As the first state in the nation to require all new homes to have solar power beginning in 2020, there’s no doubt that California’s recent decision is causing interest in residential solar systems to soar.
California’s leadership is a giant step forward to bring solar power into the mainstream for all U.S. homeowners. It also promises to cause a major shift in roofing industry for how to adopt methods and materials that are better suited for solar systems.
However, a return on a residential roof-mounted solar investment is only as good as the quality and longevity of the roof where it’s installed. Here’s a quick primer for what to know about solar system roof installation.
For additional resources, visit the Metal Roofing Alliance.
Understand the terms
Insolation and irradiance: These are the two different names for quantifying the amount of sunlight reaching an area (usually expressed in the number of sun-hours hitting the solar system per day, month or year based on historical data for the location). The number of sun-hours multiplied by the wattage produced by the system equals the power production in kilowatt-hours. A pyranometer is used to measure solar irradiance or insolation.
Photovoltaic (PV): This term refers to a device that converts sunlight directly into electric energy.
- A “cell” is the smallest denominator of a solar collector.
- A “modular” are cells arranged in rows and columns and laminated together. A modular has 60 to 72 plus cells wired together (often the size of a large, flat screen TV with a positive and negative lead).
- A “string” is a larger denominator of a solar collector consisting of multiple modules. String size is usually limited to about 12 modules.
- An “array” is the largest, consisting of one string or hundreds of strings connected.
Crystalline silicone or flexible thin film: These are the two main types of solar modules available. Crystalline can be monocrystalline, polycrystalline or a combo. The flexible thin film is fully-adhered amorphous silicon to a flexible plastic backing but also can be rigid, sandwiched between glass. Because they produce the most power per square foot of surface, 90% of roof-mounted solar panels are crystalline modules. Each adds approximately two to three pounds per square foot of collateral load. Thin films are much lighter and can be adhered to some roof types but require a virgin, clean surface.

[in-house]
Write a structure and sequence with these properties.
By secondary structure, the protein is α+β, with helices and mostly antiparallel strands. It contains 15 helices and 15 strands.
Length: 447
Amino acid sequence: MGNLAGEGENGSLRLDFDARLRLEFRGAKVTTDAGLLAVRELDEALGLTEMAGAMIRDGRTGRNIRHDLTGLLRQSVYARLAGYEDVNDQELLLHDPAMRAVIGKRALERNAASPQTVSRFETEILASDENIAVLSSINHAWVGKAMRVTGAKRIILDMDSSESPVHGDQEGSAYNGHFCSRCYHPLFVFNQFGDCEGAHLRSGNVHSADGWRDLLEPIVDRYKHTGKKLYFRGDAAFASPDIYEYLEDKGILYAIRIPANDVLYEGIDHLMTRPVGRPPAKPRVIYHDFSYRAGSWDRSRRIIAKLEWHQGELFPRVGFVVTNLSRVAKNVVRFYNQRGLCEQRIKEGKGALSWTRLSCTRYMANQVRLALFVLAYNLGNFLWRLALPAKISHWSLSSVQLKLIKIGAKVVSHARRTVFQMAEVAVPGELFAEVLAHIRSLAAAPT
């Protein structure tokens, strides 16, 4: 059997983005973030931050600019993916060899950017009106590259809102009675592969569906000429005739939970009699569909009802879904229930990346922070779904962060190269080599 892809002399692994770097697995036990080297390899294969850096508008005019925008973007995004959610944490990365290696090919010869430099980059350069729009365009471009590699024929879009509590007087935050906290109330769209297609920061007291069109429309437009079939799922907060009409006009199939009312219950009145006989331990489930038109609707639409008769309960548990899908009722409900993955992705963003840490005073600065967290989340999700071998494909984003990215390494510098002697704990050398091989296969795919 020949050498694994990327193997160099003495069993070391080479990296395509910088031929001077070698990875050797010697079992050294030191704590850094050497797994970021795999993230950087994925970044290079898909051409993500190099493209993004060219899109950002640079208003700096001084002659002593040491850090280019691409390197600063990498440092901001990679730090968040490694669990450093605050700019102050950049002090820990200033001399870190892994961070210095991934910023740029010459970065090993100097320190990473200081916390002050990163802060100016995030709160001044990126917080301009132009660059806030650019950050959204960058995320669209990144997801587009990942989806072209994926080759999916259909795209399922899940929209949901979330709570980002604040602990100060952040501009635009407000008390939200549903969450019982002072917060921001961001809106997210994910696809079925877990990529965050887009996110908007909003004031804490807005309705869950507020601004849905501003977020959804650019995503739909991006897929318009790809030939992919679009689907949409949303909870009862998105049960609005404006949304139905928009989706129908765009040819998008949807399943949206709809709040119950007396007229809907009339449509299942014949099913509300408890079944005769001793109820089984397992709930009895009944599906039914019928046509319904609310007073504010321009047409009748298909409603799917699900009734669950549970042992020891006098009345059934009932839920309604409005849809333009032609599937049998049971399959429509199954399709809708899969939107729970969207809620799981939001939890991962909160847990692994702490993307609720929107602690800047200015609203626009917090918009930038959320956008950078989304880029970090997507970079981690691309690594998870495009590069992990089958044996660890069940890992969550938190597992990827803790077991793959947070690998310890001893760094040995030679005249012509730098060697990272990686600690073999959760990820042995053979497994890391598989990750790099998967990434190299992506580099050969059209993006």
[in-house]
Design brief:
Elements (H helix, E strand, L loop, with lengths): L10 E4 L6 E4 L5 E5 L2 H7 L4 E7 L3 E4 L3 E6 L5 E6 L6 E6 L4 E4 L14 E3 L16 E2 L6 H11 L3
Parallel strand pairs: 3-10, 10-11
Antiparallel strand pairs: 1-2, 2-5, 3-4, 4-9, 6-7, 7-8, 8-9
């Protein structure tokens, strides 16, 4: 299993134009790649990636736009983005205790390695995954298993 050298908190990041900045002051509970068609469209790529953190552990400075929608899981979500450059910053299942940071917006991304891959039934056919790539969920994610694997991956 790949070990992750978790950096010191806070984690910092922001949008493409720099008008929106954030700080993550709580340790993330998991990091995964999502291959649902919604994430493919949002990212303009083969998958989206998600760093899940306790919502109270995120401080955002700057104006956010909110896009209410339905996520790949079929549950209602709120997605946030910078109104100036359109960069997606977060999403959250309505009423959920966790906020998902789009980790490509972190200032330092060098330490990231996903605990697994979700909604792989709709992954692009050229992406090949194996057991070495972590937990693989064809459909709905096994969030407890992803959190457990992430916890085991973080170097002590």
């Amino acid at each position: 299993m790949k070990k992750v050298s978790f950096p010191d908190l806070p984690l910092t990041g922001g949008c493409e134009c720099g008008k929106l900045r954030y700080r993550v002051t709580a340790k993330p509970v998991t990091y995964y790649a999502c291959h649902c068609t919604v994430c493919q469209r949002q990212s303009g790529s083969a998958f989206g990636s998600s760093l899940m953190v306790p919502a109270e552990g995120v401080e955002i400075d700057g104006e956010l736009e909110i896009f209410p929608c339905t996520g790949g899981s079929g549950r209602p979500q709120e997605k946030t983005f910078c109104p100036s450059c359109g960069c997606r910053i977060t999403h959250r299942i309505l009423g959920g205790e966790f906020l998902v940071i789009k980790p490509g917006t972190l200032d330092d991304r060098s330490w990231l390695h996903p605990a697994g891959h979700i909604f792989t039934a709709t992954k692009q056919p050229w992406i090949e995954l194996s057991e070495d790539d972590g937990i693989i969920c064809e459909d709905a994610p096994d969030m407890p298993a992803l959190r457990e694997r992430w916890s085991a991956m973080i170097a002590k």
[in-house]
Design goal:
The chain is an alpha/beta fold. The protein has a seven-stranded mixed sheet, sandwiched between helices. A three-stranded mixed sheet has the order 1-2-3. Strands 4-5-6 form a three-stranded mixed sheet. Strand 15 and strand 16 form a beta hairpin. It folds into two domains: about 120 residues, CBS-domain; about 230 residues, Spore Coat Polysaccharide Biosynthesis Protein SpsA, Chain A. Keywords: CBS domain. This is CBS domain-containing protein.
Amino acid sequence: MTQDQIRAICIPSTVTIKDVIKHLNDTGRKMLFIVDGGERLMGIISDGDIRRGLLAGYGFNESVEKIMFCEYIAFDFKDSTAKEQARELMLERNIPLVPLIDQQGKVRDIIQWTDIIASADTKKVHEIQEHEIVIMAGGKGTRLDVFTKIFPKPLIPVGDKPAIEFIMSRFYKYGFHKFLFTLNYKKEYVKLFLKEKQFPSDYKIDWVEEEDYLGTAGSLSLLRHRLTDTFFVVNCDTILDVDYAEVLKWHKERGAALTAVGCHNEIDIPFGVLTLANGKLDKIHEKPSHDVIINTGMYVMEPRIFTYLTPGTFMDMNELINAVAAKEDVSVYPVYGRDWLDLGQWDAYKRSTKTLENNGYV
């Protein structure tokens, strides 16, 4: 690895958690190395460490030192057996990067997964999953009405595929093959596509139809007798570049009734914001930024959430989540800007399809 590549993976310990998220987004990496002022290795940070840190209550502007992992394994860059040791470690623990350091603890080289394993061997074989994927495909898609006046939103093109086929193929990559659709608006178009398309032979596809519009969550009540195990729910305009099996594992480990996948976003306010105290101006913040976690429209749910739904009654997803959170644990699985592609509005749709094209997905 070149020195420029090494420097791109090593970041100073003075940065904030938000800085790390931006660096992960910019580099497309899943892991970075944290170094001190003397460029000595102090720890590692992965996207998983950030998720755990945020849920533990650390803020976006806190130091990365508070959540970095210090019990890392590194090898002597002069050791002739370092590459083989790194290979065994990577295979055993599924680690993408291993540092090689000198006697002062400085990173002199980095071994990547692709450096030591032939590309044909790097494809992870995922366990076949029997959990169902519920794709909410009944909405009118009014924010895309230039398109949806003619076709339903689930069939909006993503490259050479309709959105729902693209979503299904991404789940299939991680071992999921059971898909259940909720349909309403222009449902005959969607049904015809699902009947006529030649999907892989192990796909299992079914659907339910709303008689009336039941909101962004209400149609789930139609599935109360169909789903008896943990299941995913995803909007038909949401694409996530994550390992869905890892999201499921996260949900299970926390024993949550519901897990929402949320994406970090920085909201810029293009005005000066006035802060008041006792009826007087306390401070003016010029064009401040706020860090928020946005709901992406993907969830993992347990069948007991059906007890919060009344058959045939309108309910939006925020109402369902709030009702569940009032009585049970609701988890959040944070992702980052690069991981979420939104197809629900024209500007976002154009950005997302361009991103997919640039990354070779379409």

Solar ready: A roof that is prepared to be able to add solar panels later if desired. The best time to plan for this is during the design stage.
The solar community uses “tilt angle” to determine the position of the solar panel while the roofing community uses “pitch.” A lower tilt angle than optimum is not as critical as the panel orientation.
The best design is unobstructed roof area with no shading issues. It’s important to consider plumbing stacks, skylights, chimneys and sidewalls that may create shadows.
Fully ballasted: For flat roofs, ballasted systems require racking to hold solar modules in place. Racking often includes tilt capabilities to orient modules to maximize solar collection. The additional collateral load, depending on design wind speed, is usually 6-10 psf. Roofing manufacturers generally mandate upgrades to the roofing system for this type of application which may include adding sacrificial membranes beneath racking components to prevent membrane abrasion, walk pads for inspection and maintenance traffic and heavier, more durable membrane thickness.
Low Slope: May require a reduced ballast, which involves similar racking or framing components, but can be enhanced by proprietary aerodynamic foils, reducing the amount of needed ballast. Mechanically attached systems are also possible with low-slope and flat roofs and are often used with pre-existing construction.
Solar compatible solar roofing types
The roof is the solar mounting platform. The service life of the roof should always exceed the service life of the solar system. If a roof fails before the system, it can necessitate the decommission, removal and reassembly of the solar system, which can cause serious financial and logistical impact.
Asphalt: Asphalt usually involves stand-off mounts secured into the roof trusses with lag screws. Special flashing kits are used to reduce water leakage around penetrations. Typically, only the highest-quality asphalt roofs can last longer than a solar system, which has an average lifespan of 25 years-plus.